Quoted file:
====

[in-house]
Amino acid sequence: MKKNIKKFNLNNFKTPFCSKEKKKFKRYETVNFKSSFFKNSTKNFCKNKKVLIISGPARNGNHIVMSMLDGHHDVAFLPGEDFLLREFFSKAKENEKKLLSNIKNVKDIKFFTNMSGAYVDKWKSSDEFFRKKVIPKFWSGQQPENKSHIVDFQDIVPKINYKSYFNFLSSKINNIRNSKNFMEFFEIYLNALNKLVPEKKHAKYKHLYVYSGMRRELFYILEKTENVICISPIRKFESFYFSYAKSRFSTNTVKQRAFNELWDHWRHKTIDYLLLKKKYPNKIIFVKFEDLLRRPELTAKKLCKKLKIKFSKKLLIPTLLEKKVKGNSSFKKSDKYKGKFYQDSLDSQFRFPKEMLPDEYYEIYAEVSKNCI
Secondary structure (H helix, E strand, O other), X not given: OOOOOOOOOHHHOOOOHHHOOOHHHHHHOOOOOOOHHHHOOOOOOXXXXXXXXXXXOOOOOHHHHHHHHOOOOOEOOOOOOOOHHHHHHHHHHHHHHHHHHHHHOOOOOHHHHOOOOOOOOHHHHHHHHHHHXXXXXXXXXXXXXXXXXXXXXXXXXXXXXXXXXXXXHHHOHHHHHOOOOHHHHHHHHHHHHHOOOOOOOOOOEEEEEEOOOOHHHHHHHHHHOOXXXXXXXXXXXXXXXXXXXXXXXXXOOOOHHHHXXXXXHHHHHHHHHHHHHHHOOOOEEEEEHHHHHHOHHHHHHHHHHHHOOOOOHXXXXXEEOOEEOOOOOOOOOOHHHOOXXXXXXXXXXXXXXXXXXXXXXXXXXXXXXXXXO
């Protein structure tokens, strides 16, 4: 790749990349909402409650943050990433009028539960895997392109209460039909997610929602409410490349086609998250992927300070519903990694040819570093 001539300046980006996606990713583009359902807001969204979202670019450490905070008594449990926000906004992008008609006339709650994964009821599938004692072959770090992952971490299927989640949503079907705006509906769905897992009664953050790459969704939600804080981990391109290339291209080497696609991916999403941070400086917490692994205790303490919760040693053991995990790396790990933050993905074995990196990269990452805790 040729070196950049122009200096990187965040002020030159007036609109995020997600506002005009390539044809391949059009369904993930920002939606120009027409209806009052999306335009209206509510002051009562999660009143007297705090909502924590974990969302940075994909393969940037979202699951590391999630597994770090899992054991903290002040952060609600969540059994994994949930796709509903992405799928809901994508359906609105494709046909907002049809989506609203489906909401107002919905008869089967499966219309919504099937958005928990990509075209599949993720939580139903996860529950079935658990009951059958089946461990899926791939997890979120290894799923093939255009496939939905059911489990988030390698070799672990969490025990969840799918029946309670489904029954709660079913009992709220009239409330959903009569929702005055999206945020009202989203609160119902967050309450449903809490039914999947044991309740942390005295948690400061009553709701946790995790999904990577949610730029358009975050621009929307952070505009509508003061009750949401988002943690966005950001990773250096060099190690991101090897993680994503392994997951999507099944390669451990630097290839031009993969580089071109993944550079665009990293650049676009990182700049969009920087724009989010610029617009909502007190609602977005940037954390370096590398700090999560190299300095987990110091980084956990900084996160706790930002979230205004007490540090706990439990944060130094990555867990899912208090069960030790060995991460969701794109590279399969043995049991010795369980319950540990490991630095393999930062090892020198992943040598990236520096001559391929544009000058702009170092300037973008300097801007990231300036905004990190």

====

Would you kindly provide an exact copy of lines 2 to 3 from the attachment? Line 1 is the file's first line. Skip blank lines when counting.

Amino acid sequence: MKKNIKKFNLNNFKTPFCSKEKKKFKRYETVNFKSSFFKNSTKNFCKNKKVLIISGPARNGNHIVMSMLDGHHDVAFLPGEDFLLREFFSKAKENEKKLLSNIKNVKDIKFFTNMSGAYVDKWKSSDEFFRKKVIPKFWSGQQPENKSHIVDFQDIVPKINYKSYFNFLSSKINNIRNSKNFMEFFEIYLNALNKLVPEKKHAKYKHLYVYSGMRRELFYILEKTENVICISPIRKFESFYFSYAKSRFSTNTVKQRAFNELWDHWRHKTIDYLLLKKKYPNKIIFVKFEDLLRRPELTAKKLCKKLKIKFSKKLLIPTLLEKKVKGNSSFKKSDKYKGKFYQDSLDSQFRFPKEMLPDEYYEIYAEVSKNCI
Secondary structure (H helix, E strand, O other), X not given: OOOOOOOOOHHHOOOOHHHOOOHHHHHHOOOOOOOHHHHOOOOOOXXXXXXXXXXXOOOOOHHHHHHHHOOOOOEOOOOOOOOHHHHHHHHHHHHHHHHHHHHHOOOOOHHHHOOOOOOOOHHHHHHHHHHHXXXXXXXXXXXXXXXXXXXXXXXXXXXXXXXXXXXXHHHOHHHHHOOOOHHHHHHHHHHHHHOOOOOOOOOOEEEEEEOOOOHHHHHHHHHHOOXXXXXXXXXXXXXXXXXXXXXXXXXOOOOHHHHXXXXXHHHHHHHHHHHHHHHOOOOEEEEEHHHHHHOHHHHHHHHHHHHOOOOOHXXXXXEEOOEEOOOOOOOOOOHHHOOXXXXXXXXXXXXXXXXXXXXXXXXXXXXXXXXXO